Unsolicited submissions

I haven’t submitted a story to a literary magazine for at least a year. Yet I enter contests sponsored by those same magazines all the time. The reason is simple – I believe the odds are much higher that someone will actually read my story, when it’s accompanied by a check. I’m sure that the editors and staff at these magazines want to read every submission that comes to them, but they are swamped.

Swamped

I'm sure we have your story in here somewhere

In my mind’s eye, I can track the progress of my story as it drops into Somebody’s inbox along with 25 or 50 others, and Somebody doesn’t recognize my name, and my story ends up in a virtual or literal heap of fellow orphans until Somebody accidently hits the delete button or the pile of ancient unopened envelopes is finally declared a fire hazard and carted off to the city dump.

I’m not saying that an unsolicited story is never considered by a literary journal. One of my rare successes came at the hands of a guest editor, Edie Meidav, at Fifth Wednesday. She read my unsolicited story, liked it, took the time to suggest some very smart edits, and published it. In my experience, however, something like this happens only every decade or so.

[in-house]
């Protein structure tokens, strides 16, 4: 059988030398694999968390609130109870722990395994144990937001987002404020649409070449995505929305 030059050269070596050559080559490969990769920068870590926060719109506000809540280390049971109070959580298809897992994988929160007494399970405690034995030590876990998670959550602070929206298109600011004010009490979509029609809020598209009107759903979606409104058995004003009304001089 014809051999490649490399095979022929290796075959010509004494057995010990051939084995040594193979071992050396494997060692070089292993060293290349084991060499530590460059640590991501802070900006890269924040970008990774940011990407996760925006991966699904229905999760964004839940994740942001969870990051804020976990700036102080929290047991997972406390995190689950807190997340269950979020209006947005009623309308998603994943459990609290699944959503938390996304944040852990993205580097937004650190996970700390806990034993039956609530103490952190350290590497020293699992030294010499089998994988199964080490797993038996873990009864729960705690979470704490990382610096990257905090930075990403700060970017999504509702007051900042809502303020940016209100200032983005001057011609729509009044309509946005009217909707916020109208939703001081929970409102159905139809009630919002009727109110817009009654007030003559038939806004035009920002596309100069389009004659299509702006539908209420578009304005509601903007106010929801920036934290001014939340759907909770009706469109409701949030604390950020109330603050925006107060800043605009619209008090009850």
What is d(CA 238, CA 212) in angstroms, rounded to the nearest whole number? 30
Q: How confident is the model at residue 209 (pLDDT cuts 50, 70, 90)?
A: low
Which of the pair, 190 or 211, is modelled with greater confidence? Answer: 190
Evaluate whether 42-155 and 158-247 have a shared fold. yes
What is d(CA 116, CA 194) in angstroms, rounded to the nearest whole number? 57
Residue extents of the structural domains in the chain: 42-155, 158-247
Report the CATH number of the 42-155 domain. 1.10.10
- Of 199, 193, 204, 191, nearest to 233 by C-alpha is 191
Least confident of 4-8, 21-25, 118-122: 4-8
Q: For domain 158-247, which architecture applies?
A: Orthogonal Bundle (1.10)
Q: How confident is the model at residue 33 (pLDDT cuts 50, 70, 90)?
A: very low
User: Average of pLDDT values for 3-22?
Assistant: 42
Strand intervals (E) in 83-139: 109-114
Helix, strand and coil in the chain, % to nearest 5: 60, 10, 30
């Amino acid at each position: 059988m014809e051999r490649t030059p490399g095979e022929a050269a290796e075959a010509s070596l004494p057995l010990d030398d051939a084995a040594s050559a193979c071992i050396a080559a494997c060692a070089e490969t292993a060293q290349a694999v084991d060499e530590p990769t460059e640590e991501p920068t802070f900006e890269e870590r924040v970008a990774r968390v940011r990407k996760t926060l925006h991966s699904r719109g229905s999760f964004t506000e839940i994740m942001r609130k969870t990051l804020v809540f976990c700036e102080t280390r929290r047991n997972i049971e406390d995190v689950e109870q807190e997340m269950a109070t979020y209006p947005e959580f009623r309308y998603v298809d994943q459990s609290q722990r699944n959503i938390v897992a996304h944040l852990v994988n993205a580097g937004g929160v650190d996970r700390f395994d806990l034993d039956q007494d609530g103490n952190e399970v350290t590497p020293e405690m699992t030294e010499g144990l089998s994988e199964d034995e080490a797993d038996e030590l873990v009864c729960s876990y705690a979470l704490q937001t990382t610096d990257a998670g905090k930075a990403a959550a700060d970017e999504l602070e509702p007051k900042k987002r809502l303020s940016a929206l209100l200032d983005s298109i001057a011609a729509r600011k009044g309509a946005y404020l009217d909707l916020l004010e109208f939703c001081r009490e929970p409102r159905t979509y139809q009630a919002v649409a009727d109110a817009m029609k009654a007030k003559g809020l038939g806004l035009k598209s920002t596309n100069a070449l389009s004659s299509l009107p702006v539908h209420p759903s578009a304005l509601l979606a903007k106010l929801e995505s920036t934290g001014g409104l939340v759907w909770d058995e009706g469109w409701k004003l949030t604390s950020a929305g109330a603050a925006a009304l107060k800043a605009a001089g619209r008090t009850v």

This entry was posted in Writing. Bookmark the permalink.

One comment on “Unsolicited submissions

  1. Phil Stephens on said:

    Depressing state of affairs indeed. Even more so when you consider all the best-seller trash that DOES get published. That James Patterson bozo and his co-author-of-the-moment have a new release on top of the New York Times top-selling-fiction list every two weeks or so.

Leave a Reply

Your email address will not be published. Required fields are marked *

*

53,926 Spam Comments Blocked so far by Spam Free Wordpress

You may use these HTML tags and attributes: <a href="" title=""> <abbr title=""> <acronym title=""> <b> <blockquote cite=""> <cite> <code> <del datetime=""> <em> <i> <q cite=""> <s> <strike> <strong>